Reading(s): John 6:56-69. This sermon was given by Victoria at St Denys.
Finn and Rachel arrived early at the lecture hall. Rachel had been excited about the talk, which was billed as introducing Aristotle’s main philosophical ideas, and particularly suitable for complete newcomers to philosophy. Whilst this was her subject (she had a PhD in it, after all) Finn was less enthusiastic, but didn’t want to disappoint her. A lecture entitled “A Didactic Approach to The Philosophical Treatises of Aristotle” hardly had the ring of philosophy for beginners. As it turned out, they were both disappointed.
By the end of the lecture, Finn had a headache which would challenge a hangover, and Rachel was furious. The talk had turned out to be so high level, so boring, and so badly delivered that she knew Finn would probably never talk to a philosopher again. Finn, meanwhile, had decided to have nothing more to do with anything vaguely about philosophy or Aristotle. He wasn’t sure yet if that also included Rachel…
‘This is difficult stuff!’ might have been what Finn said after the lecture. It was also the response that Jesus got from some of his followers, as we heard in our reading from John. It’s unlikely that Jesus’s teaching was boring. But was it too high level? Too abstract? Too confusing? Some of his listeners may well have ended up with a headache trying to follow it. Far worse, however, was that Jesus was tearing a hole in their world view. And when that happens, don’t we often prefer to back off and ignore what has been said, or quickly try to explain it away?
In his book John for Everyone, former Bishop of Durham Tom Wright, says, “If you go to a meeting where someone demolishes the way you’ve been brought up to think and offers you instead a way of looking at the world which, though convincing, will be extremely costly, you may well find good reasons to be somewhere else next time the preacher comes to town.”
Some of his followers kept grumbling about Jesus’s teaching, saying that it was too difficult and too demanding to really sign up to. Many of his listeners had their own aspirations or agendas in mind, and Jesus simply wasn’t conforming to them. He didn’t fit the mould of their traditional Messiah. So the followers were divided. The narrative suggests only The Twelve continued with Jesus, but this is probably an oversimplification. Some who didn’t completely understand would have continued with him as well, at least for a time.
With our 21st century desire for empirical evidence and logical thought, we may find it hard to see this narrative in John as rooted in the physical world. It can make the message feel more comfortable if we assume that Jesus is talking about something purely spiritual, with his physical picture being just an illustration to aid understanding. Does it matter whether things literally happened, if we can understand the spiritual truth in the teaching? Whether John is writing factual history, or spiritual truth, is not the point. What really matters is the actual story of Jesus, the story he is telling about himself.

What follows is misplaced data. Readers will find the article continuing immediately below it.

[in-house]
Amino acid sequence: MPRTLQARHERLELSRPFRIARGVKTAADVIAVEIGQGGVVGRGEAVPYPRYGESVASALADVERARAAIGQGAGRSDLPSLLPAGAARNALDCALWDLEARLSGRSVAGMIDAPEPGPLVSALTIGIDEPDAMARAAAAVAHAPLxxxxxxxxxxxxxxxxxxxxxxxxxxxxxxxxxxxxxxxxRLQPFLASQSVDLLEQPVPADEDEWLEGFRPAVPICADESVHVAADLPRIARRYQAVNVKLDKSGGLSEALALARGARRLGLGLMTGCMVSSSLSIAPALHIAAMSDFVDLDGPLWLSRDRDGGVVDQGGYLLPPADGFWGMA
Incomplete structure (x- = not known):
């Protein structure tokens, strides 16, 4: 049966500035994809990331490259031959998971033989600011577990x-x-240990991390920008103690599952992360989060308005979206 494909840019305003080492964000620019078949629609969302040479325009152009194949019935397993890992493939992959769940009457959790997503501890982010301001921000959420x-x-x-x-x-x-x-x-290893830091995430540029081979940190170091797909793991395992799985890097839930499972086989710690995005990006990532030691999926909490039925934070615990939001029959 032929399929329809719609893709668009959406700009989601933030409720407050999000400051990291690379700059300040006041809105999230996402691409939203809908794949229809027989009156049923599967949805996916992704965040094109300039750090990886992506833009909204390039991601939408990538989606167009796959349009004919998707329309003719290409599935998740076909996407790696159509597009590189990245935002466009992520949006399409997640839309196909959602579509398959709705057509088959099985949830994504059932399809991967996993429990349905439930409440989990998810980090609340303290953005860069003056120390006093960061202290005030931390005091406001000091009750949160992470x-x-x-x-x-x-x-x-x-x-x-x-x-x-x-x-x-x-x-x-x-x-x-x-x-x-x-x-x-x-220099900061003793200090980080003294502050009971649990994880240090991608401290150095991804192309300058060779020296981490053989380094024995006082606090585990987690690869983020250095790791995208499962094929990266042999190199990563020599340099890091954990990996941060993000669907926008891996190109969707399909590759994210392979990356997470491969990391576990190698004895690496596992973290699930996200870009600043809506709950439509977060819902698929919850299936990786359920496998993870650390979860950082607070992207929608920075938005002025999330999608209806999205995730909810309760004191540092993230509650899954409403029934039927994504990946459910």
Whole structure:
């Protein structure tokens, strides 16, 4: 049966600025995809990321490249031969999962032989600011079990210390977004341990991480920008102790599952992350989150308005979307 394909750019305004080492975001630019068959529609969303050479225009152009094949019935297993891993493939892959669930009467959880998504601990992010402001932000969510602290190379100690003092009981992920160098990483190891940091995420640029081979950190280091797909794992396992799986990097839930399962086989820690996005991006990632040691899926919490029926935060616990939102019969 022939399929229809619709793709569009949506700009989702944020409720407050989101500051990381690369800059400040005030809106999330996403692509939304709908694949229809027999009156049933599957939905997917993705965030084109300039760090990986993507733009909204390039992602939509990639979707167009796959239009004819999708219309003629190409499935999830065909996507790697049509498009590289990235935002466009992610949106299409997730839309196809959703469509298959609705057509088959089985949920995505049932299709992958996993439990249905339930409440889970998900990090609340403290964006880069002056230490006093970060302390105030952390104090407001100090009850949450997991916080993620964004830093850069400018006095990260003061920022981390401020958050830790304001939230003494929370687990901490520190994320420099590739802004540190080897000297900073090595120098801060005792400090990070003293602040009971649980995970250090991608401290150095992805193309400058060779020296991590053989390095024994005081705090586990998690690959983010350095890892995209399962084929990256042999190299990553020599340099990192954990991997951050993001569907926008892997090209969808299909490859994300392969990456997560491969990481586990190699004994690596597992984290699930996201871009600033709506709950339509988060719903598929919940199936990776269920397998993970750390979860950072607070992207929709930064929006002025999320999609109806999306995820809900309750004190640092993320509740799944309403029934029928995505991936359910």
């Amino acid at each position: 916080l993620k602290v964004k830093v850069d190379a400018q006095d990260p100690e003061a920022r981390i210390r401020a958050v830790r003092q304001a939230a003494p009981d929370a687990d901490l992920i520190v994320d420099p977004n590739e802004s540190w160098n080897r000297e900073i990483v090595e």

Jesus is a citizen of both heaven and earth – equally at home in both. By mentioning the ascension of the son of man, Jesus is warning his listeners against a purely physical interpretation of his words, such as their desire to follow him to get more free food (this narrative follows on soon after the feeding of the five thousand). He is trying to show how the physical and spiritual dimensions overlap one another. Despite any uncertainty or confusion they may have felt, the twelve remain. They have seen beyond the merely physical, and although they may not yet fully understand, they have come to believe that Jesus is so much more than just a gifted teacher and healer.
They are prepared to confirm aloud that his is the holy one, the Messiah – the one who has the words of eternal life, the ‘Holy one of God’. Jesus knows that one of them will ultimately betray him, but for now these twelve are the representatives of those who have faith in Jesus and a dawning understanding of who he really is.
What might this mean for us today? It isn’t wrong to have honest doubts or queries, or to be confused. Keeping an open mind, asking questions, and listening to others are all healthy things to do. We don’t have to ‘get it all’ before we can trust that Jesus is worth following. And when we do take the plunge and trust him, we have more opportunities to see who he really is, and to learn what that means for us personally.
Do not be afraid to have discussions – in church or not – about difficult teaching or complex moral issues. Conversations don’t have to involve having all the answers. Do we try too hard sometimes to please other people? ‘Letting the other person hear what they want to hear’ may have its place, but not so much in an earnest discussion. Listening to the viewpoint of others, and in turn sharing our own, will help us begin to make more sense of what it means to follow Jesus.
How do you really feel about this passage from John, and Jesus’s assertion that we must eat his flesh and drink his blood? Imagine Jesus asking you if his teaching is too difficult, and do you “wish to go away”? Have you ever really thought about what you are doing each Sunday when you take Communion?
Despite our doubts and the inevitable challenges to our faith, for a disciple of Jesus there is no other real choice. Jesus alone has the gift of life – real life, life in all its fullness. If we can accept that Jesus has the words of eternal life – never mind the specifics – then that will keep us on the journey with him. It will allow us to respond similarly to Peter, saying, “Where else would we go? Where else can we go?” Jesus has the words of eternal life, and he wants to say them to us. All we need do is keep listening.